Historical Stock Chart
6 Months : From Jul 2019 to Jan 2020
By Brent Kendall
This article is being republished as part of our daily reproduction of WSJ.com articles that also appeared in the U.S. print edition of The Wall Street Journal (September 28, 2019).
WASHINGTON -- Car makers facing a federal antitrust probe for their auto emissions deal with California will meet with the Justice Department next week, according to people familiar with the matter, as the department itself faces questions about its decision to press an issue with political overtones.
The meetings would mark the first substantive discussions between the two sides since the Justice Department sent an inquiry letter a month ago seeking information about an agreement on greenhouse-gas emissions that Ford Motor Co., Honda Motor Co., BMW AG and Volkswagen AG reached recently with the California Air Resources Board.
The four auto makers agreed in the pact to cut their emissions by 3.7% annually for their model years 2022 to 2026. The targets, announced in July, are lower than those mandated by Obama-era rules, but stricter than those sought by the Trump administration, which wants to unwind the Obama regime as well as void California's longstanding ability to set its own emissions standards.
The Justice Department's Aug. 28 letter to the auto makers, first reported by The Wall Street Journal, questioned whether the companies agreed privately among themselves on the outlines of the California deal -- an act that "may violate federal antitrust laws" -- and asked them to provide more information.
There has been relatively little communication between the department and the auto makers in the weeks since, as news of the investigation created a stir on Capitol Hill and among some staffers at the Justice Department. California and the Trump administration have been locked in a political and legal showdown over emissions policies, prompting critics to question the Justice Department's motivations.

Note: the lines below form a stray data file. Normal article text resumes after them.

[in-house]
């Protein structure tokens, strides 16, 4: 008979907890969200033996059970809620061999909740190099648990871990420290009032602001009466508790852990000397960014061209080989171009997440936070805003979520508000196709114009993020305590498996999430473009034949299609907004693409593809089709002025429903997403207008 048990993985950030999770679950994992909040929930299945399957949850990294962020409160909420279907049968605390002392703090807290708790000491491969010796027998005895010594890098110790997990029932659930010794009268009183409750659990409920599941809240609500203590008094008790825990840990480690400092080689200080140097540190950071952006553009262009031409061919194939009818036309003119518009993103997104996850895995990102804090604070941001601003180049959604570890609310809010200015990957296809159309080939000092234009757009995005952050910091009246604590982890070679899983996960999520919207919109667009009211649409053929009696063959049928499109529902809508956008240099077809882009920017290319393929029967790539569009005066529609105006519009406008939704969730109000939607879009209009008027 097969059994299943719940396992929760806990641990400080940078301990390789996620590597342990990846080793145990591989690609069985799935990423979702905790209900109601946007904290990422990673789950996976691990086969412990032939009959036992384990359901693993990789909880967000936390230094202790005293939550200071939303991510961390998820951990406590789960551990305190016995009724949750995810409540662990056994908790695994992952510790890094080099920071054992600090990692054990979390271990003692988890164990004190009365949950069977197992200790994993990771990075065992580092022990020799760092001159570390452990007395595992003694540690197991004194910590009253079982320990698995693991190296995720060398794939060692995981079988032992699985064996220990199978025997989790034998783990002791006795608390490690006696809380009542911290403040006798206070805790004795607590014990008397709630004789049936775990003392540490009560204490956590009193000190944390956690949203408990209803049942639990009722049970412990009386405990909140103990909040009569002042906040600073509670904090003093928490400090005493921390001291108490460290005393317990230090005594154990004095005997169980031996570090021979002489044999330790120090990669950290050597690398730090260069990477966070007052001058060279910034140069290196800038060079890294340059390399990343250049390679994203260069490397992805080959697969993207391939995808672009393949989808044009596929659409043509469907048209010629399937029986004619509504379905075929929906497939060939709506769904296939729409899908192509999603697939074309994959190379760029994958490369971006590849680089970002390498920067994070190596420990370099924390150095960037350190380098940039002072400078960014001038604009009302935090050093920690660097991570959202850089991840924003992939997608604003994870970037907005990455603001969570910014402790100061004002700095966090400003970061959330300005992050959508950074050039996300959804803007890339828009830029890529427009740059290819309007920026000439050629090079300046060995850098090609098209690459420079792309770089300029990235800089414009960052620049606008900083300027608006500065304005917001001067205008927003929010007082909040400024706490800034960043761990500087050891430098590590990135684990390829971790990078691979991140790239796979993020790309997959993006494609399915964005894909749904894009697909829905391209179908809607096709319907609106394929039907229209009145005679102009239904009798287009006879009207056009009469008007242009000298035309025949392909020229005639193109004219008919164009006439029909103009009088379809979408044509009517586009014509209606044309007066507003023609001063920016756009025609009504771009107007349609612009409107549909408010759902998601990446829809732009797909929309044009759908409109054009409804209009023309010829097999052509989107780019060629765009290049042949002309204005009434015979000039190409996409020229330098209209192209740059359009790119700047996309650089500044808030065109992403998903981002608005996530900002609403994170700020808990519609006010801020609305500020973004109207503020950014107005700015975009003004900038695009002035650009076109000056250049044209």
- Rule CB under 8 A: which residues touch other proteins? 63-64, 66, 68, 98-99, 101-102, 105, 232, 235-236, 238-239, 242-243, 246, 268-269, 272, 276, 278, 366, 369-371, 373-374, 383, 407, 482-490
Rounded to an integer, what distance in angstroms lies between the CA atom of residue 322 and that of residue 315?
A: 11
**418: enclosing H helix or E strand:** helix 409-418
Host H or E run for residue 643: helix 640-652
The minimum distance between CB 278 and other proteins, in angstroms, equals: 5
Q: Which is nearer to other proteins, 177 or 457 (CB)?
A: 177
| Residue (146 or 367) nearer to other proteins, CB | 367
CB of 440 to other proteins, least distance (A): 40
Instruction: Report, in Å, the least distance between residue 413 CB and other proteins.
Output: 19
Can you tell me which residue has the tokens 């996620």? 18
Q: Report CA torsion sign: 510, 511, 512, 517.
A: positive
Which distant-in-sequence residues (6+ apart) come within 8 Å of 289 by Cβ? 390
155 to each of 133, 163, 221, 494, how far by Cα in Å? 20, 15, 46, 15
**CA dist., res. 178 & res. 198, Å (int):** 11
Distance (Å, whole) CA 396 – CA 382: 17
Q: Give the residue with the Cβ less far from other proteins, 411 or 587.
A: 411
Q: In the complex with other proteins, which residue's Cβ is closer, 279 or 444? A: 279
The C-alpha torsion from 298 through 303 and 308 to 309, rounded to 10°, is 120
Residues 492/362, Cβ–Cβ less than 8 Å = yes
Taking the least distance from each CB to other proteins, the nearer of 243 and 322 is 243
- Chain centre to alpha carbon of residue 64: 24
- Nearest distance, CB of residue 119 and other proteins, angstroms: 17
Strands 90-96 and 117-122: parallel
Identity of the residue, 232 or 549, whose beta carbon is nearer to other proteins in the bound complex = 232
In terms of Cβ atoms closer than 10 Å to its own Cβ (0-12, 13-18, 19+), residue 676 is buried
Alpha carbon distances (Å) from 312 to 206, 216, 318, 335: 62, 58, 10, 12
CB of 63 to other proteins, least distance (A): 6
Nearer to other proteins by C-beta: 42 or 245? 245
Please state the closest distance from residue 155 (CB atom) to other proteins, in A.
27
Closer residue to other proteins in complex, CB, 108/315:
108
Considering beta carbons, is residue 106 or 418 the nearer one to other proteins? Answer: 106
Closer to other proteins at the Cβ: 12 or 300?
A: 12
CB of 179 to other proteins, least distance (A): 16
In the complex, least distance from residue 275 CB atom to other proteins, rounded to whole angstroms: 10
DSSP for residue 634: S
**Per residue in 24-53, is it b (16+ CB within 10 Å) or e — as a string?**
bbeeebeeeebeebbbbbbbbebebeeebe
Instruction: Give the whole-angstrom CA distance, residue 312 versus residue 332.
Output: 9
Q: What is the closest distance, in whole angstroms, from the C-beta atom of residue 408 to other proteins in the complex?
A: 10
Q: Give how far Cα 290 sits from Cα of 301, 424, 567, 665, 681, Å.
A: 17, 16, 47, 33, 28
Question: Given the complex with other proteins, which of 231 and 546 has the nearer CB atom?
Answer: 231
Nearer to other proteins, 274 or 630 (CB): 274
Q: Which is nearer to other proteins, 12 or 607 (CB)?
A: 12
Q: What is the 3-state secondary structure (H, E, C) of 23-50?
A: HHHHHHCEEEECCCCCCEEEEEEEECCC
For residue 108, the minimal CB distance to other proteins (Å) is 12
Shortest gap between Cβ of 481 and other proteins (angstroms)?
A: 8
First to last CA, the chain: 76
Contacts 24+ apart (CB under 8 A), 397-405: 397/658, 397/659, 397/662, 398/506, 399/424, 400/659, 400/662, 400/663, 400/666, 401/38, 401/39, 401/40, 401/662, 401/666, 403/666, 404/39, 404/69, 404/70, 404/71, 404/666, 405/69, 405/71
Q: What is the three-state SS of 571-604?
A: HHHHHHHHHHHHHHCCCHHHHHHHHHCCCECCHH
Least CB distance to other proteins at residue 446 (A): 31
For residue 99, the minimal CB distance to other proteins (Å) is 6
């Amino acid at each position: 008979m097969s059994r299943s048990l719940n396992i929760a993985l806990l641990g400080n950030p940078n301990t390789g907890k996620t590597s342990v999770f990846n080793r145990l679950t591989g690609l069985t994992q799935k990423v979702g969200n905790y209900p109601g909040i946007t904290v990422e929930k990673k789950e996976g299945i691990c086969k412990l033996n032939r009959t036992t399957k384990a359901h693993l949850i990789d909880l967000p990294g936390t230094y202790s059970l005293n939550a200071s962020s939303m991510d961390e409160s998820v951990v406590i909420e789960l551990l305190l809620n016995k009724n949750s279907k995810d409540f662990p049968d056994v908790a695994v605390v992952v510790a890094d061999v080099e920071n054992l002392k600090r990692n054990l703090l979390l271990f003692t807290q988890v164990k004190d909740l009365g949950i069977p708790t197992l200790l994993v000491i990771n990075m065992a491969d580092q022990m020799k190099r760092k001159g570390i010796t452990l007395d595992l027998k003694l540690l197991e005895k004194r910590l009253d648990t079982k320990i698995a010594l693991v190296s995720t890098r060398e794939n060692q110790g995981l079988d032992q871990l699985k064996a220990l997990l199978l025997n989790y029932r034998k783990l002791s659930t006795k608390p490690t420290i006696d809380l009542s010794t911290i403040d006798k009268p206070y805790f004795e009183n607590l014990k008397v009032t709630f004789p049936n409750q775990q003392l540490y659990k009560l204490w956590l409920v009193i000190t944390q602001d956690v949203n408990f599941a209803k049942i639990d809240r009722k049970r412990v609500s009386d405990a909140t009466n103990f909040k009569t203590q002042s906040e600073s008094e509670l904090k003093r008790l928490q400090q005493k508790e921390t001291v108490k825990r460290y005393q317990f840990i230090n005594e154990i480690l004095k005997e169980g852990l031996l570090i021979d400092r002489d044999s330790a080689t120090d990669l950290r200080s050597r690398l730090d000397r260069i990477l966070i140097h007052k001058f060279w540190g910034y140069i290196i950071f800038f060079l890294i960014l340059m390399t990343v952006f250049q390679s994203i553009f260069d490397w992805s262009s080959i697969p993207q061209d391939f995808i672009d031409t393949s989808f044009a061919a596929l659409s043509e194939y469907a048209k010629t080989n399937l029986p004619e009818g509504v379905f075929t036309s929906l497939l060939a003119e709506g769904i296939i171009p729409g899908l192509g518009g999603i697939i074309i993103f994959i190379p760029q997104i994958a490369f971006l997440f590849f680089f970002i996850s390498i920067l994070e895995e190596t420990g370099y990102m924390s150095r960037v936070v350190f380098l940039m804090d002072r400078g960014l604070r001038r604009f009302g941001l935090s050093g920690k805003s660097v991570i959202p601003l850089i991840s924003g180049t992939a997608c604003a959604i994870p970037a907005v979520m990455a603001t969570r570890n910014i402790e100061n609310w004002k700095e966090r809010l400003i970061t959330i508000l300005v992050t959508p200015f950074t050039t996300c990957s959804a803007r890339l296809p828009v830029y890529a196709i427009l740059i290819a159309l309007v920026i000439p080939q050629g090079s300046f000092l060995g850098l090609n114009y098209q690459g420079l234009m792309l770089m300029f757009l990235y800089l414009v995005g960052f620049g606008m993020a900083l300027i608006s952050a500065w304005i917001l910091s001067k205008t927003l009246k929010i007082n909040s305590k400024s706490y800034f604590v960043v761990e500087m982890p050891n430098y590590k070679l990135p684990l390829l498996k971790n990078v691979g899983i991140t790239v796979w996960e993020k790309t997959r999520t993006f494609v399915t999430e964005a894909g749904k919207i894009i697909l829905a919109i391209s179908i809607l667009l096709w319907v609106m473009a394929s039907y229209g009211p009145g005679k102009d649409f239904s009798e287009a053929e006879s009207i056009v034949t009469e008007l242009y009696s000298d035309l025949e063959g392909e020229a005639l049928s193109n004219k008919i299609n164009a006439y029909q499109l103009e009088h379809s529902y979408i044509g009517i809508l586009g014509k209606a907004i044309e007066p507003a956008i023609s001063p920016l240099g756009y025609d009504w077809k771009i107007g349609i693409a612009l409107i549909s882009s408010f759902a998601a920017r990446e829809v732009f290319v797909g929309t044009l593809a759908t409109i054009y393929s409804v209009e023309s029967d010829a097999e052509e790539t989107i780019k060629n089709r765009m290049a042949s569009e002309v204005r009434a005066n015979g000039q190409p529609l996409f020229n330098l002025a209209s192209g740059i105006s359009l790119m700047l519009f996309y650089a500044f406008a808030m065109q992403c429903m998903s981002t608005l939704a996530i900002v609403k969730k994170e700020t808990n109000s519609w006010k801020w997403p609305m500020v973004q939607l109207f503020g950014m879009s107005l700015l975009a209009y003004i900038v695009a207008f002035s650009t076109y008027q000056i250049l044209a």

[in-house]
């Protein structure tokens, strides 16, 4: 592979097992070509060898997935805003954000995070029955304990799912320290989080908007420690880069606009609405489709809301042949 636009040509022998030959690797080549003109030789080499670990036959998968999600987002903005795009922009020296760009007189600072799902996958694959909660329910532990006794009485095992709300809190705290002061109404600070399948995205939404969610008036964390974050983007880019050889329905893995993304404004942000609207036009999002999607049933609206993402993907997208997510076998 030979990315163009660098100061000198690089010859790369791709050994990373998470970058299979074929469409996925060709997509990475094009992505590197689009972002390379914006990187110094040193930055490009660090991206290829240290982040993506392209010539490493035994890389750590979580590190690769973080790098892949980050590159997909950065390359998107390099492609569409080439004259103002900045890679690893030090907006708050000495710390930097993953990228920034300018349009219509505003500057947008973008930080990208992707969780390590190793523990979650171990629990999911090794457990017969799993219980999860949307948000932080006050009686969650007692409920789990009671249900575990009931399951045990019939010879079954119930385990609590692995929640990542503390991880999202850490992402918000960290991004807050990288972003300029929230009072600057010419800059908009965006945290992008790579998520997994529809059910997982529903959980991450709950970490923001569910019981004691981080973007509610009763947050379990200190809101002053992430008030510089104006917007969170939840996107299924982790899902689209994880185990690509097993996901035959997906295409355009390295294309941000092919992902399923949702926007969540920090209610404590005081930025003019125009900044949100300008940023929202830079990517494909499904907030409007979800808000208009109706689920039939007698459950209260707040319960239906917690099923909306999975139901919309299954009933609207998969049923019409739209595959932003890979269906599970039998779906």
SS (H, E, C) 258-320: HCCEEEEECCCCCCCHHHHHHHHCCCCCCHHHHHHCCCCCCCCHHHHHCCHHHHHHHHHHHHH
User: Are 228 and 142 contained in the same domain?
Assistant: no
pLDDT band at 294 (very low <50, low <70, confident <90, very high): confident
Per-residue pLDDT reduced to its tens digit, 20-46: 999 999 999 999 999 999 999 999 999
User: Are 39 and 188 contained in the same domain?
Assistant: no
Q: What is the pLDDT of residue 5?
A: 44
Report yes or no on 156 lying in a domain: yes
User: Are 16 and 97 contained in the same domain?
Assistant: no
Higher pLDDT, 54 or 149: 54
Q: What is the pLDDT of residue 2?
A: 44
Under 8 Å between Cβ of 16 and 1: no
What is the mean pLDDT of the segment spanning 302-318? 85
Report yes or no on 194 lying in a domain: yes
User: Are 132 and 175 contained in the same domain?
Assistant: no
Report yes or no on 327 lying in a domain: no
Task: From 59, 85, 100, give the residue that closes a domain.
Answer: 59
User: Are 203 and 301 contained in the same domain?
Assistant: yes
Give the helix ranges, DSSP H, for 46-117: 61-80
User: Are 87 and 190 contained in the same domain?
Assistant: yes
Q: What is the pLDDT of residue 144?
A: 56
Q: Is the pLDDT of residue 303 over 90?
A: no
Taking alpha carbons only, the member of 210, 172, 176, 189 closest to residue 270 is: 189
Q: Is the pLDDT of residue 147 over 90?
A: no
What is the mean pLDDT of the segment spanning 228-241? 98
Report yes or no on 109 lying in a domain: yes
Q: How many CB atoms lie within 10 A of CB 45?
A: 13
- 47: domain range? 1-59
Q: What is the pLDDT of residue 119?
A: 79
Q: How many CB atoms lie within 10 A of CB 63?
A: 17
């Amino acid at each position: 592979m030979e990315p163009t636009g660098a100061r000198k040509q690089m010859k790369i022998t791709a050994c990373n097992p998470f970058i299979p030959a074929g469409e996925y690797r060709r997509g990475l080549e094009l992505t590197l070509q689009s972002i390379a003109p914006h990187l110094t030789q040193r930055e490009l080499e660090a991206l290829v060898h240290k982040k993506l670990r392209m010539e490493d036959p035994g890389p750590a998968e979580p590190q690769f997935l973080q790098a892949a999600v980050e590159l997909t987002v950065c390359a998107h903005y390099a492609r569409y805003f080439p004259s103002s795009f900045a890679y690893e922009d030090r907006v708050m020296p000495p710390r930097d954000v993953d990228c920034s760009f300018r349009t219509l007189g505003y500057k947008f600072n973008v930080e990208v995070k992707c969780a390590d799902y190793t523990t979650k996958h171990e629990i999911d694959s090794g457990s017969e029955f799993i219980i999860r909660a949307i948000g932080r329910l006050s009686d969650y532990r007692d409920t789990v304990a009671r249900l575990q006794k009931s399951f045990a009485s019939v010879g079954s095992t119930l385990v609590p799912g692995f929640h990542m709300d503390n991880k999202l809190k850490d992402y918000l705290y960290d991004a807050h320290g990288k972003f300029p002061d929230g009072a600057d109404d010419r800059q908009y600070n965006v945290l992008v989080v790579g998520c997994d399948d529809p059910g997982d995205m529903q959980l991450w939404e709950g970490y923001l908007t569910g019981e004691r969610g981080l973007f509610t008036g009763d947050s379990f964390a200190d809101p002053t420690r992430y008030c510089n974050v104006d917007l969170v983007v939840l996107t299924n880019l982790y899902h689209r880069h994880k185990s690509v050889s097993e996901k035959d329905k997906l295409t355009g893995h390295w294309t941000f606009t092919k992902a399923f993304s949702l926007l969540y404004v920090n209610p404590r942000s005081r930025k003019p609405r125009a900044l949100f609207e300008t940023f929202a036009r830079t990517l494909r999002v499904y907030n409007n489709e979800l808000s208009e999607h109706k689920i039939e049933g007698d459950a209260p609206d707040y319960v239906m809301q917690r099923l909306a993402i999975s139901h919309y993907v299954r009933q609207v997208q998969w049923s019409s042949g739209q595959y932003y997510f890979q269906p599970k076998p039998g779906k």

When U.S. Assistant Attorney General Makan Delrahim appeared for a Senate antitrust subcommittee oversight hearing last week, Democrats said the department's actions looked like a politically targeted move against companies that are working with a state opposed to President Trump's approach to emissions.
"It looks an awful lot like scores are being settled here," Sen. Sheldon Whitehouse (D., R.I.) said.
"I'm not doing this for political reasons," said Mr. Delrahim, who heads the department's antitrust division, telling senators that the probe was currently a fact-finding effort.
"We have not concluded there is a violation," he said of the auto makers. "All I have done so far is ask them to come in and explain to us."
Earlier that same day, Mr. Delrahim held a scheduled "town hall" event for the antitrust division at which he received questions from employees about why the department was pursuing the investigation, people familiar with the matter said.
Mr. Delrahim in his Senate appearance compared the case to other recent instances where the department read about potentially collusive behavior and chose to investigate, including a matter involving college-admissions counselors.
He said there was nothing wrong with auto makers each announcing emissions targets on their own, or getting together to petition the government on regulations or legislation. But it could be a problem, he said, if the companies effectively reached a joint agreement on emissions targets in private.
Spokesmen for Honda and BMW declined to comment. Ford and Volkswagen didn't respond to requests for comment.
"In examining potentially anticompetitive conduct, the Department of Justice routinely asks questions of the parties and considers any and all arguments and defenses that they may raise," a department spokesman said.
Companies enjoy legal protections when they jointly lobby the government, though with some limitations. Court precedent indicates that if companies reach an agreement among themselves and then submit it for government approval, their private action could still be subject to antitrust review.
Mary Nichols, chairwoman of the California Air Resources Board, has said the state worked individually with the auto makers and that all parties were mindful of not violating antitrust laws.
Write to Brent Kendall at email@example.com
(END) Dow Jones Newswires
September 28, 2019 02:47 ET (06:47 GMT)
Copyright (c) 2019 Dow Jones & Company, Inc.